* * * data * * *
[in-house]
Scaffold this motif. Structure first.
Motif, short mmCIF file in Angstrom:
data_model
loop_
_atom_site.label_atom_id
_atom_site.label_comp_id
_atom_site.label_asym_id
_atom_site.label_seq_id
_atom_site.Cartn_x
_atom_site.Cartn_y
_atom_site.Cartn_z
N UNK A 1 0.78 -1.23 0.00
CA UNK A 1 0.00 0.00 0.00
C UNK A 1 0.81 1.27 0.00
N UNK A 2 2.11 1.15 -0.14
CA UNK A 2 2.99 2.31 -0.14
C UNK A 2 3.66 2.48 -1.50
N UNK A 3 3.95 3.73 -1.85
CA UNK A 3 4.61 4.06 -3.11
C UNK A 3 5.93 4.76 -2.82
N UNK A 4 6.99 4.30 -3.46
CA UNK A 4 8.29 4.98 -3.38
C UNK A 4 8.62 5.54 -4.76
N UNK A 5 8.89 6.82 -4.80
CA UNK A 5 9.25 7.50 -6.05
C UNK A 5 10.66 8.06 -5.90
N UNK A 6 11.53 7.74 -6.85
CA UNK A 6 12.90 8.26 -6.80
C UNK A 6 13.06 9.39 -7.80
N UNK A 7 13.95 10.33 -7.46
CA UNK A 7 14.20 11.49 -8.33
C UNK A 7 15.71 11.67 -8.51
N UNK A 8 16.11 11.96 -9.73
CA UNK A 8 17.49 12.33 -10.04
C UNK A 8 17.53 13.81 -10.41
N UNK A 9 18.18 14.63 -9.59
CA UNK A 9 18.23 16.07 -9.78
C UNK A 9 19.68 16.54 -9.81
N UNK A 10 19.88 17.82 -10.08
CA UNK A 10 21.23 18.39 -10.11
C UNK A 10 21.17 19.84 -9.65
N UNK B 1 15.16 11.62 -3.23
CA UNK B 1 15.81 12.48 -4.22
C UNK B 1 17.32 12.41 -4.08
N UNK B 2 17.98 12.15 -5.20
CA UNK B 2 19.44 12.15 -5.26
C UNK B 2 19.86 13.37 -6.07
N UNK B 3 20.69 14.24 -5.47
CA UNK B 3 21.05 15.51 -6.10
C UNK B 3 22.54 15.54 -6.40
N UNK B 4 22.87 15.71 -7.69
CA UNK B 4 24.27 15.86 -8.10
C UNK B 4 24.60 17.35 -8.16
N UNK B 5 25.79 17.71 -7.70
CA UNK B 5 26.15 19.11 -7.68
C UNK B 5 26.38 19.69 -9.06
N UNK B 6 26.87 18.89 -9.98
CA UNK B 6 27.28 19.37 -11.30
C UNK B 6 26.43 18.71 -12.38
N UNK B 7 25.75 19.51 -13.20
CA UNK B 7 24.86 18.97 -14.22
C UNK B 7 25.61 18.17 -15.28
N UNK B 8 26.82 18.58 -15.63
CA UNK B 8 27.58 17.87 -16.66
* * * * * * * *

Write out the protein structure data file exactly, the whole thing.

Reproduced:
[in-house]
Scaffold this motif. Structure first.
Motif, short mmCIF file in Angstrom:
data_model
loop_
_atom_site.label_atom_id
_atom_site.label_comp_id
_atom_site.label_asym_id
_atom_site.label_seq_id
_atom_site.Cartn_x
_atom_site.Cartn_y
_atom_site.Cartn_z
N UNK A 1 0.78 -1.23 0.00
CA UNK A 1 0.00 0.00 0.00
C UNK A 1 0.81 1.27 0.00
N UNK A 2 2.11 1.15 -0.14
CA UNK A 2 2.99 2.31 -0.14
C UNK A 2 3.66 2.48 -1.50
N UNK A 3 3.95 3.73 -1.85
CA UNK A 3 4.61 4.06 -3.11
C UNK A 3 5.93 4.76 -2.82
N UNK A 4 6.99 4.30 -3.46
CA UNK A 4 8.29 4.98 -3.38
C UNK A 4 8.62 5.54 -4.76
N UNK A 5 8.89 6.82 -4.80
CA UNK A 5 9.25 7.50 -6.05
C UNK A 5 10.66 8.06 -5.90
N UNK A 6 11.53 7.74 -6.85
CA UNK A 6 12.90 8.26 -6.80
C UNK A 6 13.06 9.39 -7.80
N UNK A 7 13.95 10.33 -7.46
CA UNK A 7 14.20 11.49 -8.33
C UNK A 7 15.71 11.67 -8.51
N UNK A 8 16.11 11.96 -9.73
CA UNK A 8 17.49 12.33 -10.04
C UNK A 8 17.53 13.81 -10.41
N UNK A 9 18.18 14.63 -9.59
CA UNK A 9 18.23 16.07 -9.78
C UNK A 9 19.68 16.54 -9.81
N UNK A 10 19.88 17.82 -10.08
CA UNK A 10 21.23 18.39 -10.11
C UNK A 10 21.17 19.84 -9.65
N UNK B 1 15.16 11.62 -3.23
CA UNK B 1 15.81 12.48 -4.22
C UNK B 1 17.32 12.41 -4.08
N UNK B 2 17.98 12.15 -5.20
CA UNK B 2 19.44 12.15 -5.26
C UNK B 2 19.86 13.37 -6.07
N UNK B 3 20.69 14.24 -5.47
CA UNK B 3 21.05 15.51 -6.10
C UNK B 3 22.54 15.54 -6.40
N UNK B 4 22.87 15.71 -7.69
CA UNK B 4 24.27 15.86 -8.10
C UNK B 4 24.60 17.35 -8.16
N UNK B 5 25.79 17.71 -7.70
CA UNK B 5 26.15 19.11 -7.68
C UNK B 5 26.38 19.69 -9.06
N UNK B 6 26.87 18.89 -9.98
CA UNK B 6 27.28 19.37 -11.30
C UNK B 6 26.43 18.71 -12.38
N UNK B 7 25.75 19.51 -13.20
CA UNK B 7 24.86 18.97 -14.22
C UNK B 7 25.61 18.17 -15.28
N UNK B 8 26.82 18.58 -15.63
CA UNK B 8 27.58 17.87 -16.66